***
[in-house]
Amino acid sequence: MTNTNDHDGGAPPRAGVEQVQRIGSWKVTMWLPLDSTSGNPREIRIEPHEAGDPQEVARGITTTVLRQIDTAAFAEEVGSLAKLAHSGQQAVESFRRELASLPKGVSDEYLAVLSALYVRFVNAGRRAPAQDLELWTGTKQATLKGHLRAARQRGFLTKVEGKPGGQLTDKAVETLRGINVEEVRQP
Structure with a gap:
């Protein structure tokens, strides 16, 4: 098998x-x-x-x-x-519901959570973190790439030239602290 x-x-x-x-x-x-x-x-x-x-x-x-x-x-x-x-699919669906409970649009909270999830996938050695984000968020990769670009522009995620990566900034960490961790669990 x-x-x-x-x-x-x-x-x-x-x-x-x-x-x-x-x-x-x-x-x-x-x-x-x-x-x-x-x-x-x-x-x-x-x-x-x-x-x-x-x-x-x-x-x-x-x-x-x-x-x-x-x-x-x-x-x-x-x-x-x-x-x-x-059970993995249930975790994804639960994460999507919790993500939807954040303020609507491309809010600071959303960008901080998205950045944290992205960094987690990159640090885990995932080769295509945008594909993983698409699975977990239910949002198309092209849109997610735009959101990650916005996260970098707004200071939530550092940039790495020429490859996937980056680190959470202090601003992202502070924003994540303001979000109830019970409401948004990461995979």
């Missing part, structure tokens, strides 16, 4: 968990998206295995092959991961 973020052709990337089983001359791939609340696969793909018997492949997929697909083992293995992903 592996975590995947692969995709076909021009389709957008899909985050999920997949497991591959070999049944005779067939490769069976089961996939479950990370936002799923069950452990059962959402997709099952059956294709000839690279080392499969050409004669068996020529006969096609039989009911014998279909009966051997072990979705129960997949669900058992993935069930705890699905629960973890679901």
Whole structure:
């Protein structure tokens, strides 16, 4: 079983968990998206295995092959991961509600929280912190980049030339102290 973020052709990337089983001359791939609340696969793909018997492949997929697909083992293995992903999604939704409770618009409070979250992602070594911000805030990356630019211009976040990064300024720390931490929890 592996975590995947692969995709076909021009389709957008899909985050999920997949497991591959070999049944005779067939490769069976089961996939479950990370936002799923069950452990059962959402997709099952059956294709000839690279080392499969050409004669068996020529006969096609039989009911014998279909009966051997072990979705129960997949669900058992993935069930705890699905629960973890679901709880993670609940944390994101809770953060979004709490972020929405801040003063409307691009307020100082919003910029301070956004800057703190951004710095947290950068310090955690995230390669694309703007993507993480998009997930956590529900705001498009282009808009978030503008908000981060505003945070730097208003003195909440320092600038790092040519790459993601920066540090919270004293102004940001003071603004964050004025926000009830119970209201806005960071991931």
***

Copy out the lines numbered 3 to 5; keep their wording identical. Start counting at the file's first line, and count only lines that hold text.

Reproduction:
Structure with a gap:
């Protein structure tokens, strides 16, 4: 098998x-x-x-x-x-519901959570973190790439030239602290 x-x-x-x-x-x-x-x-x-x-x-x-x-x-x-x-699919669906409970649009909270999830996938050695984000968020990769670009522009995620990566900034960490961790669990 x-x-x-x-x-x-x-x-x-x-x-x-x-x-x-x-x-x-x-x-x-x-x-x-x-x-x-x-x-x-x-x-x-x-x-x-x-x-x-x-x-x-x-x-x-x-x-x-x-x-x-x-x-x-x-x-x-x-x-x-x-x-x-x-059970993995249930975790994804639960994460999507919790993500939807954040303020609507491309809010600071959303960008901080998205950045944290992205960094987690990159640090885990995932080769295509945008594909993983698409699975977990239910949002198309092209849109997610735009959101990650916005996260970098707004200071939530550092940039790495020429490859996937980056680190959470202090601003992202502070924003994540303001979000109830019970409401948004990461995979």
């Missing part, structure tokens, strides 16, 4: 968990998206295995092959991961 973020052709990337089983001359791939609340696969793909018997492949997929697909083992293995992903 592996975590995947692969995709076909021009389709957008899909985050999920997949497991591959070999049944005779067939490769069976089961996939479950990370936002799923069950452990059962959402997709099952059956294709000839690279080392499969050409004669068996020529006969096609039989009911014998279909009966051997072990979705129960997949669900058992993935069930705890699905629960973890679901």